Grammar Nazis: Useful Language Experts, Or Elitist Snobs?

from the well-this-ought-to-be-fun dept

I know that my grammar is not ideal, though I really do strive to get the basics right. There are times, however, when I feel that the strict "rules" that are put forth by grammar go too far. If the text makes the point in a way that people can understand, what is the problem? On top of that, there's the utter snobbishness with which some (no, not all!) grammar aficionados put down anyone who makes a silly mistake. I have no problem with someone letting me know about a typo or a grammatical problem in a friendly and useful manner -- but all too often the message is delivered in the tone suggesting that making such an elementary grammatical error suggests that I obviously never made it out of the second grade. So I'm glad to see an English professor taking on the grammar nazis.

Salon is running a review of a new book by English professor Jack Lynch, called The Lexicographer's Dilemma, which argues that grammar nazis should chill out. Grammar rules are mostly to make people feel elite, not to make them any clearer, according to the book. Again, I have no problem with basic grammar rules for the sake of clarity, but focusing too much on the rules over the clarity is a mistake, and it's nice to see at least some "experts" agreeing.

Filed Under: english, grammar, language

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  1. icon
    LostSailor (profile), 29 Oct 2009 @ 10:40am

    Effective Communication

    Grammar rules are mostly to make people feel elite, not to make them any clearer, according to the book.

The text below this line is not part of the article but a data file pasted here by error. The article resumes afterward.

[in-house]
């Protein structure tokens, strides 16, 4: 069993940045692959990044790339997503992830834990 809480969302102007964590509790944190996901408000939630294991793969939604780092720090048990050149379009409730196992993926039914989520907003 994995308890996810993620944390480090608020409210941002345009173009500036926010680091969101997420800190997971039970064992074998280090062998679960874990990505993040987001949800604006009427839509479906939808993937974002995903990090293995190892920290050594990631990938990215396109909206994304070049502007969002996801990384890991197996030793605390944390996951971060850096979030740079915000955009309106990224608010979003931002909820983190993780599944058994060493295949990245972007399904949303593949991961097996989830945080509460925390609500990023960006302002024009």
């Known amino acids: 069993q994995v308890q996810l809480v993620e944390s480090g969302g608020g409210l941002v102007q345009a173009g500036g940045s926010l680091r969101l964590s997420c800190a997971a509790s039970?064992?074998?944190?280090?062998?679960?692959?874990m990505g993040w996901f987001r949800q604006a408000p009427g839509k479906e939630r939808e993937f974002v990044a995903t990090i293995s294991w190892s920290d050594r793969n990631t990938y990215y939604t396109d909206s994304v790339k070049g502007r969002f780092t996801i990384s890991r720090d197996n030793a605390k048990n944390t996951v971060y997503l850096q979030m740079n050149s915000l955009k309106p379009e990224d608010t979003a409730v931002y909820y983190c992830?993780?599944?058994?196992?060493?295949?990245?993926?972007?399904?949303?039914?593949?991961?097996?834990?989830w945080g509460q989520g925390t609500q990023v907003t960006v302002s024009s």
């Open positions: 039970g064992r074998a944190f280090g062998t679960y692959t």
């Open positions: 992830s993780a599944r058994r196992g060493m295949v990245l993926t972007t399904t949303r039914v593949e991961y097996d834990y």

I echo what Chris and others have said. The point of grammar is effective communication of ideas. Some grammar "rules," such as the oft-mentioned rule about split infinitives, are in most circumstances somewhat silly. But others are reasonable rules for effectively and clearly communicating a writer's ideas to a reader. Spelling and proper punctuation count as well.

    If the text makes the point in a way that people can understand, what is the problem?

    This is often a fine standard for informal writing, but the problem is that while you may think that your idea is perfectly communicated, if you use poor grammar, punctuation, and sentence structure, you may not, in fact, be communicating effectively.

    On occasion, Mike, you've accused me in comments of "twisting" or not understanding your words. I'd submit that this may not be true; it's possible that you communicated your idea poorly and left yourself open to a reading of your words that was other than you intended, no matter how convinced you are that you wrote clearly.

    Pointing out grammatical lapses in blog comments is pointless. However, for anyone who writes professionally, and bloggers such as yourself certainly qualify, paying attention to good grammar, spelling, and proper punctuation is almost a duty if you want to communicate effectively and be taken seriously.

    Forget manuals of style. I'd recommend The Careful Writer: A Modern Guide to English Usage by Theodore M. Bernstein. It's perhaps the best guide to good writing around.

    My favorite part:

    Grave issues of law have hung on commas.... Michigan discovered that its state constitution inadvertently legalized slavery. Section 8, Article 2, read: "Neither slavery nor involuntary servitude, unless for the punishment of crime, shall ever be tolerated in this state." It was decided to move the comma after "servitude" and place it after "slavery."

    Indeed, our modern political life would be much easier if the Founding Fathers had used clearer punctuation in the Second Amendment in the bill of rights.

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